Grammy® Award-winning CRESTONE celebrates Colorado’s San Luis Valley, featuring Apache musician John-Carlos Perea, who sings in the Northern Plains Indian tradition; the voices of Mountain Bluebird, Red-winged Blackbird, Whooping Crane, Meadowlark, Sandhill Cranes, Coyotes, and Buffalo; and the Consort, including Paul Winter on soprano sax, Paul McCandless, oboe and bass clarinet; Eugene Friesen, cello; Glen Velez, percussion, Koji Nakamura, Japanese taiko drum.
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The Saga of a Song: Witchi Tai To is one of these rare, timeless songs that just seem to travel on, and it has made its way around much of the world since Indian saxophonist Jim Pepper wrote and recorded it in the 1970s. A succession of jazz musicians took up the song, among them Don Cherry, who taught it to Norwegian saxophonist Jan Gabarek, whose recording of it was heard by the members of the quartet Oregon, in whose repertoire it has lived for many years, featuring the oboe of Paul McCandless.
Paul Winter: “I first played Witchi Tai To as part of a grand jam session in Albuquerque, New Mexico in 2000, at the end of the Native American Music Awards (the ‘NAMMYs’). Jim Pepper was being honored, posthumously, with the NAMMY Hall of Fame Award, and I had been invited to come to present the award to Jim’s mother, Floy Pepper. Bassist Ed Schuller was there, who had been in Jim’s band when they made their famous recording of Witchi Tai To, and he taught the song to the eclectic group of presenters, including singer Rita Coolidge and drummer Mickey Hart, who were to perform in the finale. We played Witchi Tai To for a very long time, with a myriad of variations and solos, and I remember being so swept up in it that I felt we could have gone on all night. After that first experience with this song, I looked forward to the opportunity to play it someday with the Consort.
“When I met John-Carlos Perea, and talked to him about the Crestone project, and the diverse heritage of Indian cultures on this land, I asked him if he was familiar with Witchi Tai To. John-Carlos laughed and said: ‘Yes I am. It happens that I’m doing my doctorate in ethnomusicology at U.C. Berkeley on the music of Jim Pepper.’ But John-Carlos expressed his wish that we do the song in some new way. In the perspective of Crestone’s international embrace, I imagined my Brazilian friends providing the rhythmic magic carpet for Witchi Tai To, and our original three Consort ‘horns’ – sax, oboe and cello – interweaving with the voice of John-Carlos. Witchi Tai To feels like an appropriate finale for our Crestone journey. I hear it as a song of gratitude, celebrating the communing of spirits of all the peoples and creatures who have, and who will, come together on this land.”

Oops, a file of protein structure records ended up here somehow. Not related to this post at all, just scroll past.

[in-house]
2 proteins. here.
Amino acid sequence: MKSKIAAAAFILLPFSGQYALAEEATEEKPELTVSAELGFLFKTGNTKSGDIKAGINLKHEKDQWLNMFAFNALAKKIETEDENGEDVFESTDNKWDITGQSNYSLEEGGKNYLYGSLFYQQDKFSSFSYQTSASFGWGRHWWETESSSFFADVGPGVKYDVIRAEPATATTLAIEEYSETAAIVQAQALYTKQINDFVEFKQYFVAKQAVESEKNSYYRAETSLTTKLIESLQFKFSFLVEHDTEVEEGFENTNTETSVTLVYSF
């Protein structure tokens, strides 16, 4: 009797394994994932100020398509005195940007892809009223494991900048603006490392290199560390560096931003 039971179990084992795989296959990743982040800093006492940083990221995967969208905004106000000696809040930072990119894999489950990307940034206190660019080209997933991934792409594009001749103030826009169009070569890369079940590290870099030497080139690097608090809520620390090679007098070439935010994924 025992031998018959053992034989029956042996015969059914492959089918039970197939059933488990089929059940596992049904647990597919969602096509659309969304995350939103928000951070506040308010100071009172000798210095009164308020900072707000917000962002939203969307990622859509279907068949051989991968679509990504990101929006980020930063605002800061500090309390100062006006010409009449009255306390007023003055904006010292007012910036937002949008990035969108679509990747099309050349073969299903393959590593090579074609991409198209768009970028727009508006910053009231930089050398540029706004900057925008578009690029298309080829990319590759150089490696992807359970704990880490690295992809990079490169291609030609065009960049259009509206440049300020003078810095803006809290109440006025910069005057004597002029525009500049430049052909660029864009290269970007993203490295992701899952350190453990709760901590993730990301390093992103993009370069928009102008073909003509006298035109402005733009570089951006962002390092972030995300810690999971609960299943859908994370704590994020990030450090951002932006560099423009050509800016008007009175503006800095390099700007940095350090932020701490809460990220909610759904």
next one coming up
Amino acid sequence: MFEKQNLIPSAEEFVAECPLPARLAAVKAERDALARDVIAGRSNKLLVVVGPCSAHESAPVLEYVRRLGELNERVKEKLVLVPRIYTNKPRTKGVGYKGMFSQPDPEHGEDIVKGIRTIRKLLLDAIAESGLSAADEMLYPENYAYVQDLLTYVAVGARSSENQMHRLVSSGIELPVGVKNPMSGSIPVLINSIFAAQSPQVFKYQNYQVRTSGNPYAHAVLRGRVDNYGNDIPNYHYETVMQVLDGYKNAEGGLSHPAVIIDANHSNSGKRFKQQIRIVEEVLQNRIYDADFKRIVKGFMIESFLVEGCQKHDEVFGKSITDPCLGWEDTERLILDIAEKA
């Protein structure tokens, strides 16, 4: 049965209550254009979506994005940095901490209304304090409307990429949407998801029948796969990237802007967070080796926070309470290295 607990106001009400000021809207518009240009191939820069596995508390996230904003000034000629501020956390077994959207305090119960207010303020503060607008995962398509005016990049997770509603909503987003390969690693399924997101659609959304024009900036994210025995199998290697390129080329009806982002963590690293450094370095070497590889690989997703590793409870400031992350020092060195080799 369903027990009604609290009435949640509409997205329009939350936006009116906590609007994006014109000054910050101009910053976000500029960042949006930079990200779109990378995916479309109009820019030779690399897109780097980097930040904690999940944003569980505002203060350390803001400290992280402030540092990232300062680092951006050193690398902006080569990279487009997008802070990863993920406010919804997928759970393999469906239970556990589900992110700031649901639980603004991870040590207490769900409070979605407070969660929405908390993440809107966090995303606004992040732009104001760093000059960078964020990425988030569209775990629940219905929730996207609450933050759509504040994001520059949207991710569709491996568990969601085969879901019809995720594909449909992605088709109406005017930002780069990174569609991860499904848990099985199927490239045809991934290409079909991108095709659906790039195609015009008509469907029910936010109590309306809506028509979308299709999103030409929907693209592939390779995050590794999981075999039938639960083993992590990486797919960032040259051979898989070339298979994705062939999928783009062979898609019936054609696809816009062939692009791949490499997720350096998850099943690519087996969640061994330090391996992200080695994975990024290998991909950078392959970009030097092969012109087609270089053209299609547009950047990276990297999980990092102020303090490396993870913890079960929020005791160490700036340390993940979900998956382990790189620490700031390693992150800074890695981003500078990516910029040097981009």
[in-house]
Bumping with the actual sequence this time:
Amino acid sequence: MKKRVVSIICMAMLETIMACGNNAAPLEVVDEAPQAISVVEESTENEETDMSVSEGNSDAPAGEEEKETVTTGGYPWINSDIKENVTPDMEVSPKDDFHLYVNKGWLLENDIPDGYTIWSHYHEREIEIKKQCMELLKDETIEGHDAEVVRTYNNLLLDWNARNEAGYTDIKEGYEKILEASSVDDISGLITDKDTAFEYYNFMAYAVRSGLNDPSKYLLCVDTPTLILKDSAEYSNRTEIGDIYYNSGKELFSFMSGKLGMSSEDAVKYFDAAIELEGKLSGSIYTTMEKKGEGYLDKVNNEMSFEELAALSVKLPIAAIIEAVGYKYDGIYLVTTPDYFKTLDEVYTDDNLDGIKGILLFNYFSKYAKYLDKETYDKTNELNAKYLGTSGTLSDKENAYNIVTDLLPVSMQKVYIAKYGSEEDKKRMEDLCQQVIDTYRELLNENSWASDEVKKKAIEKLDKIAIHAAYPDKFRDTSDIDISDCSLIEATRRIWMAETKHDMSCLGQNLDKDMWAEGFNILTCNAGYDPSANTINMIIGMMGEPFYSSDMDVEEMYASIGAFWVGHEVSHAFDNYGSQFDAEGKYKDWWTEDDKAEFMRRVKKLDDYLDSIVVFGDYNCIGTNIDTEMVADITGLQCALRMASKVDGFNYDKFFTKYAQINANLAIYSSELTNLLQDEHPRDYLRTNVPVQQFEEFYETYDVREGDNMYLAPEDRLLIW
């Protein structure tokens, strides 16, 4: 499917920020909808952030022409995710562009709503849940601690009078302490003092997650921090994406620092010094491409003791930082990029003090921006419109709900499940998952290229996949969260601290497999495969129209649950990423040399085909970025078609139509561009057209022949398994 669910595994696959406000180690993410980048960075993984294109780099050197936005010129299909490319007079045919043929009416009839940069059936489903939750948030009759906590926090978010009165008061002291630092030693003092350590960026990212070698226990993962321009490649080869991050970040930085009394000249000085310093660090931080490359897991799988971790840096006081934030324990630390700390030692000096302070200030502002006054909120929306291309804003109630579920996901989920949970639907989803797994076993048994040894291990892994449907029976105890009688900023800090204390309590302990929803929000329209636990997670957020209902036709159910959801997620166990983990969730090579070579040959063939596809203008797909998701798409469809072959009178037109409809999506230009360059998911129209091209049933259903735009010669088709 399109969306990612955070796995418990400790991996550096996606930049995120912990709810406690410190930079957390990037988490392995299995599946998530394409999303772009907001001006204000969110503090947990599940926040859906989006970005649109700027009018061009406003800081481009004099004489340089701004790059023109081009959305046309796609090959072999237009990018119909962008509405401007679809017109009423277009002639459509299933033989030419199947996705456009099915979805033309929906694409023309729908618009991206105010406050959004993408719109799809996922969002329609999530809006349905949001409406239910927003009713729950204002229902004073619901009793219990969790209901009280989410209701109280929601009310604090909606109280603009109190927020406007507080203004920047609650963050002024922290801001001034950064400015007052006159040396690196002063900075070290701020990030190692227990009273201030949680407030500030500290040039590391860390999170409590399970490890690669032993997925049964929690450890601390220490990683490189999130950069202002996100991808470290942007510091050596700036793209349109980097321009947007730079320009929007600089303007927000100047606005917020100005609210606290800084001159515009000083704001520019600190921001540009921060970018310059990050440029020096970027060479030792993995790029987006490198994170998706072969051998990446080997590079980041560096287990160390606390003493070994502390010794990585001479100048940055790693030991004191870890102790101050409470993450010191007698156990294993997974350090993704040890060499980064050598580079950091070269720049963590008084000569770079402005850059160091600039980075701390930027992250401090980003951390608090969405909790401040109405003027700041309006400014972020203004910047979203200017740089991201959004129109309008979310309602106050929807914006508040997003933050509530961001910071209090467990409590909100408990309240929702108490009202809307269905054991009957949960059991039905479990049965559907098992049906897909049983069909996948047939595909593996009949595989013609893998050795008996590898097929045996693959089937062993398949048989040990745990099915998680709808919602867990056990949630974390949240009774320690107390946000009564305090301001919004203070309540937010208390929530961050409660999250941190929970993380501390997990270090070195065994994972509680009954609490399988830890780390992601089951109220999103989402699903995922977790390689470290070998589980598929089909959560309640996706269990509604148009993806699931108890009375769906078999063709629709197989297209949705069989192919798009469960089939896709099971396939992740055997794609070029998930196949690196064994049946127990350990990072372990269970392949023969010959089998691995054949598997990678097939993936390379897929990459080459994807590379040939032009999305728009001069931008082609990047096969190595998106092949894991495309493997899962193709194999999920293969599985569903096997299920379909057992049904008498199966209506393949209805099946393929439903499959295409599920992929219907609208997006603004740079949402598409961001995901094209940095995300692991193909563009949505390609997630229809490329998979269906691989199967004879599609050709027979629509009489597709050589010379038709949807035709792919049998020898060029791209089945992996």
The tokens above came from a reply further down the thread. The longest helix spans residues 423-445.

released December 17, 2007
Written by: Jim Pepper (Jobete Music, Inc., ASCAP)
John-Carlos Perea, voice
Paul Winter, soprano sax
Paul McCandless, oboe
Eugene Friesen, cello
Oscar Castro-Neves, guitar
Webster Santos, guitars
Sizão Machado, bass
Bre, and Guello, percussion
Glen Velez, shakers
Don Grusin, keyboard
Paul Winter is a seven-time Grammy-winning saxophonist, whose sextet was the first jazz group to perform at the White House
in 1962. His second group, the Paul Winter Consort, interweaves sounds from the natural world with classical and ethnic traditions, and the spontaneous spirit of jazz. Their annual Winter Solstice Celebrations and Earth Mass are among the most popular events in New York....more